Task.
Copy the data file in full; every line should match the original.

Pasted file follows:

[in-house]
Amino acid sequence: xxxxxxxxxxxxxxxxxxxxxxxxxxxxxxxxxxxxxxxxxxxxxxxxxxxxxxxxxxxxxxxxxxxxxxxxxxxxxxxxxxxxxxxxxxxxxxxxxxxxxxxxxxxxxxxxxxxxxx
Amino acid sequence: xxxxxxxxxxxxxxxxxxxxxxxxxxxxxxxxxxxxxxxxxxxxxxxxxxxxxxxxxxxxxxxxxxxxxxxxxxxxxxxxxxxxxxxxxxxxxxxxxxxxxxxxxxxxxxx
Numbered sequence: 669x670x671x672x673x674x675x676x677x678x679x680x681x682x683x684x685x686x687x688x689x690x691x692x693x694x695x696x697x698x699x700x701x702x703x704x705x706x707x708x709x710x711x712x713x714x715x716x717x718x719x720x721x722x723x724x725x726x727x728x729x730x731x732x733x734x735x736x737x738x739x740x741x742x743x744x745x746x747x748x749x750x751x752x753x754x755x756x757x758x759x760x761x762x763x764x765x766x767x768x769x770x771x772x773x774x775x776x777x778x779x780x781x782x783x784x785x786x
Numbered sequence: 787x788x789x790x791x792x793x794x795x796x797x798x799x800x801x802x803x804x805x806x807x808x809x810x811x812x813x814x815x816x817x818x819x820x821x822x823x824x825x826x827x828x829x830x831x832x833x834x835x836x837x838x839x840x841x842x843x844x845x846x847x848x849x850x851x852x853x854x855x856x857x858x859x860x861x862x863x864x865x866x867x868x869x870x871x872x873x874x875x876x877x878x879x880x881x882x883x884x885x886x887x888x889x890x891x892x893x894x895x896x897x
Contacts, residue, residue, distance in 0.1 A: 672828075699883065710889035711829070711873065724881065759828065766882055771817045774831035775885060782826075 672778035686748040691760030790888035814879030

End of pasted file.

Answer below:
[in-house]
Amino acid sequence: xxxxxxxxxxxxxxxxxxxxxxxxxxxxxxxxxxxxxxxxxxxxxxxxxxxxxxxxxxxxxxxxxxxxxxxxxxxxxxxxxxxxxxxxxxxxxxxxxxxxxxxxxxxxxxxxxxxxxx
Amino acid sequence: xxxxxxxxxxxxxxxxxxxxxxxxxxxxxxxxxxxxxxxxxxxxxxxxxxxxxxxxxxxxxxxxxxxxxxxxxxxxxxxxxxxxxxxxxxxxxxxxxxxxxxxxxxxxxxx
Numbered sequence: 669x670x671x672x673x674x675x676x677x678x679x680x681x682x683x684x685x686x687x688x689x690x691x692x693x694x695x696x697x698x699x700x701x702x703x704x705x706x707x708x709x710x711x712x713x714x715x716x717x718x719x720x721x722x723x724x725x726x727x728x729x730x731x732x733x734x735x736x737x738x739x740x741x742x743x744x745x746x747x748x749x750x751x752x753x754x755x756x757x758x759x760x761x762x763x764x765x766x767x768x769x770x771x772x773x774x775x776x777x778x779x780x781x782x783x784x785x786x
Numbered sequence: 787x788x789x790x791x792x793x794x795x796x797x798x799x800x801x802x803x804x805x806x807x808x809x810x811x812x813x814x815x816x817x818x819x820x821x822x823x824x825x826x827x828x829x830x831x832x833x834x835x836x837x838x839x840x841x842x843x844x845x846x847x848x849x850x851x852x853x854x855x856x857x858x859x860x861x862x863x864x865x866x867x868x869x870x871x872x873x874x875x876x877x878x879x880x881x882x883x884x885x886x887x888x889x890x891x892x893x894x895x896x897x
Contacts, residue, residue, distance in 0.1 A: 672828075699883065710889035711829070711873065724881065759828065766882055771817045774831035775885060782826075 672778035686748040691760030790888035814879030